To wish you all a very happy 2020, we’re starting a new Q&A feature, where Crime Cymru authors will be answering our questions to tell us a little bit about themselves. This week, Judith Barrow talks about her characters and her writing process.
Give us a brief introduction to you?
There is a cushion on a chair in my study that bears the quote,” I Live in Two Worlds. One is the World of Books.” I think that sums me up quite well; when I’m working on a book I live with my characters and in their world constantly. It’s all absorbing and, although I suppose that sounds obsessive, I suspect that, to some extent, most authors who write fiction are the same.
I have an MA in Creative Writing with the University of Wales Trinity St David’s College, Carmarthen. A BA (Hons) in Literature with the Open University, and a Diploma in Drama from Swansea University. I’m a Creative Writing tutor for Pembrokeshire County Council’s Lifelong Learning Scheme and I also hold private one to one workshops on all genres
I was born and brought up in a small village in Saddleworth on the edge of the Pennines in the North of England and had various short stories and poems published. But it wasn’t until we moved to Wales, forty years ago that I felt I had the freedom to begin to write in the genre I love, historical family sagas set between the North and Pembrokeshire, and all that entails. Most manuscripts stayed hidden away but twelve years ago I found the courage to send one to Honno Welsh Women’s Press and was taken on by them. My stories are set against the background of the twentieth century.
Have any of your plots/characters been influenced by real life events/people?
The simple answer to that is yes. Firstly, the characters; having been a people watcher all my life I soak up the way people talk, walk, behave in certain circumstances. It all helps to make rounded characters (and is something I always recommend to my students – that’s besides telling them to always carry a jotter, but hasten to add to be circumspect in note-taking. Funnily enough people object if you start taking notes during conversations). Sorry, I’ve gone off at a tangent. Back to the question! Have I been influenced by real life events? That’s a yes again: in the twentieth century, there is a wealth of events: the awful devastation caused by two World Wars, the machinations of politics, the growing sophistication of certain crimes – and solving them, the ups and downs of the economy, the change in transport, in industry and living conditions. And the adjustments that society has needed to make. All these are nuggets that give ideas for plots.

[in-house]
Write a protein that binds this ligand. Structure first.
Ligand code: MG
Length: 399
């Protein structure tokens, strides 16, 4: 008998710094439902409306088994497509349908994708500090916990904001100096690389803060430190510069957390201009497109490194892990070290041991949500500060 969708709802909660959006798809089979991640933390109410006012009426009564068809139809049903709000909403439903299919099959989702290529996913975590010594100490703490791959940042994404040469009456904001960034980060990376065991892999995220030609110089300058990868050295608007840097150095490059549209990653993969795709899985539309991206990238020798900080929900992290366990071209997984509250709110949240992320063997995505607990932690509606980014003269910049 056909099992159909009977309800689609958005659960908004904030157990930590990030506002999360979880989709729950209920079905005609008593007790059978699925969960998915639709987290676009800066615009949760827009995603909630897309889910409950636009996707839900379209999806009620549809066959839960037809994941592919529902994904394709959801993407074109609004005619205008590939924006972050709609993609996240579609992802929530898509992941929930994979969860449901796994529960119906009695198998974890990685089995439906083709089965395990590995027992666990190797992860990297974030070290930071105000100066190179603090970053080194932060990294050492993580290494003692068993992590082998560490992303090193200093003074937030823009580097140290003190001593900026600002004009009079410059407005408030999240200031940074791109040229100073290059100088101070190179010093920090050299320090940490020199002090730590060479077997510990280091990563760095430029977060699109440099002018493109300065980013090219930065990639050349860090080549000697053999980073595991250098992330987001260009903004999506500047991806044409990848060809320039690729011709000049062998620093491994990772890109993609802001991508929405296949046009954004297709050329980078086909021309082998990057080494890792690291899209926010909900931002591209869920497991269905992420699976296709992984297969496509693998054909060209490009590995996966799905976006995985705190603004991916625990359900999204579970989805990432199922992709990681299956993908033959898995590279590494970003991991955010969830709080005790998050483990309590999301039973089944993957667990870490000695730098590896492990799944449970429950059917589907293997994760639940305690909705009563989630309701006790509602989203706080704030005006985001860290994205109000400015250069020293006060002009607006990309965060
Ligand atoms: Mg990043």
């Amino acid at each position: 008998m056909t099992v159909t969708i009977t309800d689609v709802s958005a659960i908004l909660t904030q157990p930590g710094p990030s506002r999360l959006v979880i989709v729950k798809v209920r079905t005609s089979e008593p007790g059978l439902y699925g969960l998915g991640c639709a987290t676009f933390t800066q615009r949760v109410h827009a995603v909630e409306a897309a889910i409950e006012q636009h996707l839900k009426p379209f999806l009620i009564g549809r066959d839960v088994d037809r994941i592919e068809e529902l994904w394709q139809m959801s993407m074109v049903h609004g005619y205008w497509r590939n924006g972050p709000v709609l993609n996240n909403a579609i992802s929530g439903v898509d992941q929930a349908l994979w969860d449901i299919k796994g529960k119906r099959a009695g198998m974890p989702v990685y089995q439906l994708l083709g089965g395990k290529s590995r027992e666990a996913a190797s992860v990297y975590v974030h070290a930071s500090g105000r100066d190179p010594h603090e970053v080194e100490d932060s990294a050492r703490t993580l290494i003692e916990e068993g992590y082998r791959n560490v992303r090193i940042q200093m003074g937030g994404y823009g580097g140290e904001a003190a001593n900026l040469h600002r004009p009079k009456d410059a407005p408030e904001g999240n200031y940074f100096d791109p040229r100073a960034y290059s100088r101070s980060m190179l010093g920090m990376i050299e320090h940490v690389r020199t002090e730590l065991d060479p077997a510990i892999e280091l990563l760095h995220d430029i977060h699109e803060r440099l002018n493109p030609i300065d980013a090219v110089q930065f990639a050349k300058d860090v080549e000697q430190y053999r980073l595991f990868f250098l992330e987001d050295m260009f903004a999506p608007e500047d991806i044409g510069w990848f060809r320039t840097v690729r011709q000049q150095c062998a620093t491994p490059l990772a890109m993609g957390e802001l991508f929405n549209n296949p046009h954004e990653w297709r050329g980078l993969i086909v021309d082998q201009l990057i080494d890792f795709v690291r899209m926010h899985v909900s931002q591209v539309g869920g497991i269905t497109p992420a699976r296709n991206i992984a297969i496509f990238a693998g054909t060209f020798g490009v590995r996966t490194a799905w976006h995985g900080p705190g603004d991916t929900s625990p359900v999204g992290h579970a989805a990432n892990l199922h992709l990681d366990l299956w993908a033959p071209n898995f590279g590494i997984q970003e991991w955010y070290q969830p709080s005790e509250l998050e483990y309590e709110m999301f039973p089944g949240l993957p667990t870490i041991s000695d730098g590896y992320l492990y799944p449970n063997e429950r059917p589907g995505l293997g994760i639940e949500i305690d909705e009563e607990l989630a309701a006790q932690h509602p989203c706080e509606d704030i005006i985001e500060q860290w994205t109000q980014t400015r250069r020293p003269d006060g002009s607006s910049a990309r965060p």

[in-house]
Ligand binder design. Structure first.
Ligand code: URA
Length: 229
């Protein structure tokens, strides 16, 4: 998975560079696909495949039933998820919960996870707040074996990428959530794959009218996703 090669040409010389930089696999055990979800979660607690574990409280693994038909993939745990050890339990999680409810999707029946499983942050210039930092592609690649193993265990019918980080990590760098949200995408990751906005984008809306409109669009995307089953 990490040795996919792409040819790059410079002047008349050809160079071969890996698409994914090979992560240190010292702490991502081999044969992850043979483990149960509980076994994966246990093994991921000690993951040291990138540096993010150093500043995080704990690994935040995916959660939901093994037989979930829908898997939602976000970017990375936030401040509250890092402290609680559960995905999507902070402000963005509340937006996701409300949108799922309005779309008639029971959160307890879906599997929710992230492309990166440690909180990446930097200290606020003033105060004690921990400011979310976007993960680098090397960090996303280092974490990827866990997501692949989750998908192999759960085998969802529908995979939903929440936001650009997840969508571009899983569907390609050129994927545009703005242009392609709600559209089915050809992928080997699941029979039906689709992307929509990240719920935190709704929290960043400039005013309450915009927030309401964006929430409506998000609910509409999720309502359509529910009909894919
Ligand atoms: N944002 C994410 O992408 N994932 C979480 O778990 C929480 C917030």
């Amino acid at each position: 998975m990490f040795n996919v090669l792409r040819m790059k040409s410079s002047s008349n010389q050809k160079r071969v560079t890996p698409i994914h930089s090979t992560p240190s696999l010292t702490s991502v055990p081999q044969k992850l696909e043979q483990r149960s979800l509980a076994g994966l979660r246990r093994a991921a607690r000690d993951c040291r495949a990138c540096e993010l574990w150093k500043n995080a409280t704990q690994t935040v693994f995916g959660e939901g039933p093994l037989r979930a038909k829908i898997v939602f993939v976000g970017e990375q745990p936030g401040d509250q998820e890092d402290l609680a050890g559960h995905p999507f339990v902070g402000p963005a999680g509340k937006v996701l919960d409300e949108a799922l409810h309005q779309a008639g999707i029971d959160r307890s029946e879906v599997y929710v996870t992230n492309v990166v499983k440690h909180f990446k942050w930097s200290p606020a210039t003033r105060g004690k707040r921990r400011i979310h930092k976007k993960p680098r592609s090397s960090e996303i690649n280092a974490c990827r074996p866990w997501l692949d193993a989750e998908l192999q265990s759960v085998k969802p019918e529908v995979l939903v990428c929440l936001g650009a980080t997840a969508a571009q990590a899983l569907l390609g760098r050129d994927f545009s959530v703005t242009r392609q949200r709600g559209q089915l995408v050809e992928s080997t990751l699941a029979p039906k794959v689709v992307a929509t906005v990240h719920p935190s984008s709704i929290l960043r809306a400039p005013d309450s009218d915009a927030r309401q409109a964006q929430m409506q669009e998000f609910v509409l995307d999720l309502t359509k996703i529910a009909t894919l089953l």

Do you like to reflect a sense of place in your stories? If so, how/where?
I think it essential to reflect a sense of place. I always draw a map of the town or village that my characters walk around in. I name the streets, the pubs, the churches, any places of interest that will provide a scene in the story. I can’t imagine writing about action in the trenches, the stealth or violence of a crime, the deceit of a political act, the relationships in families, without settings. And the only way to give a true backdrop is to use all the senses: sight, hearing, smell, touch, taste. All these, together with the reaction of the characters; the kinetic sense, to the setting, give a true sense of place. So I think, in answer to your question, I should just say I do like to reflect a sense of place in my stories.
Do you do your research strictly online, or talk to professionals in the field or a mixture of both?
I do research online but I find there’s a great danger in that. Whilst reading on one particular subject I usually discover something else of interest. So I get distracted and read about that – which might take me to another topic – and then another. Before I know it an hour has passed and I’m miles away from the initial research. So I mostly try to find books, either in the library or to buy. For me, turning those pages, flicking back to check details, absorbing the atmosphere of the era physically in a book, is more satisfying. There are rare occasions when I’ve needed in the past to chat, exchange emails with a professional, usually to clarify certain points. It’s only been with my next book, The Memory, that I felt I needed to go into more depth with an expert. He is authority in the field of children with special needs, the husband of an author friend of mine, Alex Martin.
If you’ve spent time researching for your book, how difficult is it to not overload the reader?